In response to a staff direction (below), a workgroup was formed to analyzing dispatch call categories to determine whether there are opportunities to expand the City’s ability to respond to those calls beyond the Minneapolis Police Department. The workgroup will be meeting four times starting August 5th and ending November 8th. The workgroup has met twice. The first meeting was used to review data in detail to ensure that all workgroup participants were drawing from the same source of information. Between the first and second meeting, workgroup members formulated and submitted ideas based on the explicit purpose of the workgroup and data reviewed at the first meeting. Over fifty ideas were submitted. The second meeting was used to determine which ideas would move to the next phase of vetting using specific criteria. Time between the second and third meeting will be used to vet the ideas for legal, financial, time, and/or personnel implications for the City. The third meeting will be used to review the vetting and raise alternatives or further questions. Time between the third and fourth meeting will be used for further vetting if alternatives arise and to finalize recommendations. The fourth meeting will be used to finalize recommendations, prepare a "minority report" so that those who have alternative perspectives are represented in the final recommendations, and to provide suggestions for how to handle ideas that were not vetted this Fall. Final recommendations may include clear next steps, opportunities for pilots or tests to assess feasibility, etc.
Directing the City Coordinator’s Office to convene a workgroup comprised of internal City staff as well as community members to analyze dispatch call categories and determine whether there are opportunities to expand the City’s ability to respond to those calls beyond the Minneapolis Police Department. This review shall include, without limitation:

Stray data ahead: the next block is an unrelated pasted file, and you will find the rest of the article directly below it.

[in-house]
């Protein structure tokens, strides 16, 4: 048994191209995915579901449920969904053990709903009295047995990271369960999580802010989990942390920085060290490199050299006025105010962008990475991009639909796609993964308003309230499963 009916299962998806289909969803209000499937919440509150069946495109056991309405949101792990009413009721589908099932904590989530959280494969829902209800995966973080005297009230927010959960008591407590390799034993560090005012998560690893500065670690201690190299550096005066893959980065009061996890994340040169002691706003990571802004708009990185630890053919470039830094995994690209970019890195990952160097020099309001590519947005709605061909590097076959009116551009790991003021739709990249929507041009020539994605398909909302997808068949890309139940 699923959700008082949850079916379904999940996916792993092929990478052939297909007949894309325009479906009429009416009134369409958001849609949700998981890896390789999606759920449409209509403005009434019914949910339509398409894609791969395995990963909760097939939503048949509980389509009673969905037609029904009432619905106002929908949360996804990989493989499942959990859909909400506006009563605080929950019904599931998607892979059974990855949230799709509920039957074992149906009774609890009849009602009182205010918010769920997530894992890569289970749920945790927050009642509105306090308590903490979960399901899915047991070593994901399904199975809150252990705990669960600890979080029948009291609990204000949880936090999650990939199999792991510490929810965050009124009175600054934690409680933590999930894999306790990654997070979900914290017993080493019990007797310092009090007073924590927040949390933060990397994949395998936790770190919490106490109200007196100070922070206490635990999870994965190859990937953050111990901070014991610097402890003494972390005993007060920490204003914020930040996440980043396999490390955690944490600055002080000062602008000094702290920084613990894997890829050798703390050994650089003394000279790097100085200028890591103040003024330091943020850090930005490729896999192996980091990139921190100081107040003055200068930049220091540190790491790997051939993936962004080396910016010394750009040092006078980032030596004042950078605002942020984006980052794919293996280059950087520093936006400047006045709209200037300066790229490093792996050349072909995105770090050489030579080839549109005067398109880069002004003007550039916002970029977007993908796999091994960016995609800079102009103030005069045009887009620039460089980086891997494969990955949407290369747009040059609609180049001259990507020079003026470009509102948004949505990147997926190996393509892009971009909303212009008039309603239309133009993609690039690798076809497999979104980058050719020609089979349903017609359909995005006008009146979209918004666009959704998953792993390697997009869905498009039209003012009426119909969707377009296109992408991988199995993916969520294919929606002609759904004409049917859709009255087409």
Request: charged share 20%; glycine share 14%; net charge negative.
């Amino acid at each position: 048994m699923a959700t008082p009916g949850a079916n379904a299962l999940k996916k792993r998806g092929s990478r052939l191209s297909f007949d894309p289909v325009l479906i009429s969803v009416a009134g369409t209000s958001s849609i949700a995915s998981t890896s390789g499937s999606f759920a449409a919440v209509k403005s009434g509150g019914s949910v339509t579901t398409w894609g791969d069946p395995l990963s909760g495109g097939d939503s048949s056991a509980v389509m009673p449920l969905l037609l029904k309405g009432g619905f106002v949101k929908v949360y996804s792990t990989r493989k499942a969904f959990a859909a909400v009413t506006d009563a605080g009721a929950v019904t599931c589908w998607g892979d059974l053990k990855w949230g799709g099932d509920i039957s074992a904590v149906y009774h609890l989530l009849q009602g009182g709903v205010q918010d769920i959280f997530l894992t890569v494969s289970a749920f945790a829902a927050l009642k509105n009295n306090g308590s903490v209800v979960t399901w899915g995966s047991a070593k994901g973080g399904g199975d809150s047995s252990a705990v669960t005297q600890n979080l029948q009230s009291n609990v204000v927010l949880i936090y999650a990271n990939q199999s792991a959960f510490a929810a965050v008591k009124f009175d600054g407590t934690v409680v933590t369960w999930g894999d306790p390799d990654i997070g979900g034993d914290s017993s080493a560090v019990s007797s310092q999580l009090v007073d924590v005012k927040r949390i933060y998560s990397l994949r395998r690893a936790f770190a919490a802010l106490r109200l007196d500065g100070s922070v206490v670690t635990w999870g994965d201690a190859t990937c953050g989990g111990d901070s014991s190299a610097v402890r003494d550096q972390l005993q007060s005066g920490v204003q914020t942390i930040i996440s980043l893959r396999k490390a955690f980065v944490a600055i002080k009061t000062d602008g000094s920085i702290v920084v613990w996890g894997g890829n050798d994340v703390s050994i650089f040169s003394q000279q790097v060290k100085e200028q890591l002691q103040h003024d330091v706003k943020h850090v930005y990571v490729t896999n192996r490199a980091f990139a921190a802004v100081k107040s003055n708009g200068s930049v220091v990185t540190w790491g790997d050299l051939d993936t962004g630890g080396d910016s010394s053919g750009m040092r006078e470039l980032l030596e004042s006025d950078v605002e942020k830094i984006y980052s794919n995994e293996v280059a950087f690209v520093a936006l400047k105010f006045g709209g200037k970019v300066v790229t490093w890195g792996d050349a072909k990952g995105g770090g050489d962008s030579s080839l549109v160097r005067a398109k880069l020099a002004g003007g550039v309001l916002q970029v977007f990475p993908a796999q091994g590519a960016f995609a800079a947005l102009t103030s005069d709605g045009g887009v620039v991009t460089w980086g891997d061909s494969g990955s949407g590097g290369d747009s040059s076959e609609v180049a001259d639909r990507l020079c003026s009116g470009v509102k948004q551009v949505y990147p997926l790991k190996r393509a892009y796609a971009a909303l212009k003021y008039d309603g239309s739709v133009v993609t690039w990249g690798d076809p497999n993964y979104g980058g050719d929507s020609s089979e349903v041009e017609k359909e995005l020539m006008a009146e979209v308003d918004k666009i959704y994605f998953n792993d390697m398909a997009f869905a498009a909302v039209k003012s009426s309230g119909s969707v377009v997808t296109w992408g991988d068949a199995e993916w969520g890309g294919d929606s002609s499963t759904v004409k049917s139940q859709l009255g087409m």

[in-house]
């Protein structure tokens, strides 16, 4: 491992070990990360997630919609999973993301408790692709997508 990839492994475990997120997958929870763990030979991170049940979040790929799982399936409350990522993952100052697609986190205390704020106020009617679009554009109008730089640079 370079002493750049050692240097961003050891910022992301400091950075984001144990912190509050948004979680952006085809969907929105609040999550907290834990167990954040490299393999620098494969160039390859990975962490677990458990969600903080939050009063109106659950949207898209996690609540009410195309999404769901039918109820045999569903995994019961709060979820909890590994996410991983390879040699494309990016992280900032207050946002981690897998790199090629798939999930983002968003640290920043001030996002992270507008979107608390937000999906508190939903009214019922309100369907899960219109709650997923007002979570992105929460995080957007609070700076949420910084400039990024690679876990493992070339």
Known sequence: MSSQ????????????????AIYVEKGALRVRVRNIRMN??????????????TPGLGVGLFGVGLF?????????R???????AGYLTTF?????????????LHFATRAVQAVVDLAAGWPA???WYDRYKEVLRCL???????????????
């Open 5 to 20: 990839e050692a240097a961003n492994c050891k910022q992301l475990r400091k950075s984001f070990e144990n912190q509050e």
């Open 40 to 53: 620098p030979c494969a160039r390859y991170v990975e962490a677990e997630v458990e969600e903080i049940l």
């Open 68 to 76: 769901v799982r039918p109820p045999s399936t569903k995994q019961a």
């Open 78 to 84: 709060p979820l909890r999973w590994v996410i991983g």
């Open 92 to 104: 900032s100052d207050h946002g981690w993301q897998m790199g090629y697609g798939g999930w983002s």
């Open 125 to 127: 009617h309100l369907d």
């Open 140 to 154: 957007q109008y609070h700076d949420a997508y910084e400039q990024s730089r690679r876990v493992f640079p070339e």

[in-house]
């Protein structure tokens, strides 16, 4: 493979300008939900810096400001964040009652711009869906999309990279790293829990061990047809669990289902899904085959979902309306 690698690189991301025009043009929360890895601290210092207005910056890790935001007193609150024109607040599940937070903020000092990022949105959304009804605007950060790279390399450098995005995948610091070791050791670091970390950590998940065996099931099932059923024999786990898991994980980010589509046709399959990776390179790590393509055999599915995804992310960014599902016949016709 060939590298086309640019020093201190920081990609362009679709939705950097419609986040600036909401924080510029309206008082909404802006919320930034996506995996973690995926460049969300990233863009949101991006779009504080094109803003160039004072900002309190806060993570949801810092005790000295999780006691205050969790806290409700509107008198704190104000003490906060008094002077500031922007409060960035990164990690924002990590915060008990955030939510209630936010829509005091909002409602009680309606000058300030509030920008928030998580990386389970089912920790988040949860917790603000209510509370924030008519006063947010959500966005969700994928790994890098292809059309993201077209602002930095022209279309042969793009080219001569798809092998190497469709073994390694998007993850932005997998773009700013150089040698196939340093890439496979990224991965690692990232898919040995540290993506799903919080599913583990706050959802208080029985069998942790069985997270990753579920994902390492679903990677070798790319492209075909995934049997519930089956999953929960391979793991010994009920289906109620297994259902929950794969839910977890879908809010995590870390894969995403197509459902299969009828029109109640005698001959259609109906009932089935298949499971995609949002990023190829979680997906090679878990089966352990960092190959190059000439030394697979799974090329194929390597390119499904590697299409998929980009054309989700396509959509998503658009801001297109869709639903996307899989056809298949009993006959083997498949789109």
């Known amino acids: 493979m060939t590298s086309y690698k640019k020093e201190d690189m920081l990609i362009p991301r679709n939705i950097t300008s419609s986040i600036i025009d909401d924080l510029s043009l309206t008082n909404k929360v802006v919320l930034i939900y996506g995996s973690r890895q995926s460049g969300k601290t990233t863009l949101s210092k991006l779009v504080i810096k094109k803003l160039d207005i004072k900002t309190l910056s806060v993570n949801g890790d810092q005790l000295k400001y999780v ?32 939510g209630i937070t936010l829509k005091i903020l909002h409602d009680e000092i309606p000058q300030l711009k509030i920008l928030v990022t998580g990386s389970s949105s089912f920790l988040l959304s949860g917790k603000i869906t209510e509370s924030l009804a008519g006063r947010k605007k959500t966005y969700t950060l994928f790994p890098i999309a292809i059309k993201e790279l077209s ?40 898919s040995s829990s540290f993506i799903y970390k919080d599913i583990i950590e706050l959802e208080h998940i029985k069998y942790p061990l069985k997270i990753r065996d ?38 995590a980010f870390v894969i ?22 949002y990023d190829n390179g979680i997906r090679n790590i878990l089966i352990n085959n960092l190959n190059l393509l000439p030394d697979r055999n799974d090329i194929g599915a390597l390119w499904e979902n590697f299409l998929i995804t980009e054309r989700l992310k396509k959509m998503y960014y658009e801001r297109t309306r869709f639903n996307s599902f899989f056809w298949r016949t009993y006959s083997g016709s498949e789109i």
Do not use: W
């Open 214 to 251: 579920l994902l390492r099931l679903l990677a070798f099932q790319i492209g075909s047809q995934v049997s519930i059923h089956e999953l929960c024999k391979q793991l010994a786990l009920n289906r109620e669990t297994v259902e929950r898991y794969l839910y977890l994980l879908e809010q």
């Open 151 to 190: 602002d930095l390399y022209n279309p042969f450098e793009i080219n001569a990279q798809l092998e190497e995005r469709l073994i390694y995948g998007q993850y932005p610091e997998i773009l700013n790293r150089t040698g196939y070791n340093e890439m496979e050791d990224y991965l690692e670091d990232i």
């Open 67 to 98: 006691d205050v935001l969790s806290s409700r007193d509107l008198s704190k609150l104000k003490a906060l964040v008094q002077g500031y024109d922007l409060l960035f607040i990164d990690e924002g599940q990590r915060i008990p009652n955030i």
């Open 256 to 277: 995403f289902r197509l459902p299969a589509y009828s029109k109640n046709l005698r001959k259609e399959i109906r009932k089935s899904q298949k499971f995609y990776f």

•Whether there are financial, time, and/or personnel efficiencies to be gained in responding to those calls by individuals other than Minneapolis police officers.
•What types of de-escalation training mechanisms are in place or could be in place in responding to calls for emergency assistance, and whether responding to certain calls by non-police personnel will decrease likelihood of escalation.
•What the stakeholder and resident experience is for those on the receiving end of emergency call interventions, whether by police officers or non-police personnel.
•Whether certain calls must, by state law or other legal requirements, be responded to by POST Board-certified law enforcement officers.
•Whether a new alternative emergency number for more specialized triage related but not limited to mental health crises, domestic violence, and substance abuse could improve outcomes.
•What resources, if any, would be required if any portion of the calls currently dispatched to the Police Department were diverted elsewhere, including the cost of hardware and software required to integrate dispatch functionality into other departments.
The work group should be comprised of a representative from the Minneapolis Police Department, 911, Minneapolis Fire Department, Office of Violence Prevention, and the City Attorney’s Office. The workgroup shall be supported by other departments as needed. Additionally, the workgroup shall include six (6) community members to be appointed half by the City Council and half by the Mayor through the open appointment process. Staff is directed to report back to the PSEM Committee with recommendations, including training needs and opportunities, timelines for piloting or prototyping alternative dispatch responses, and financial and personnel costs associated with any forthcoming recommendations by no later than May 9th, 2019.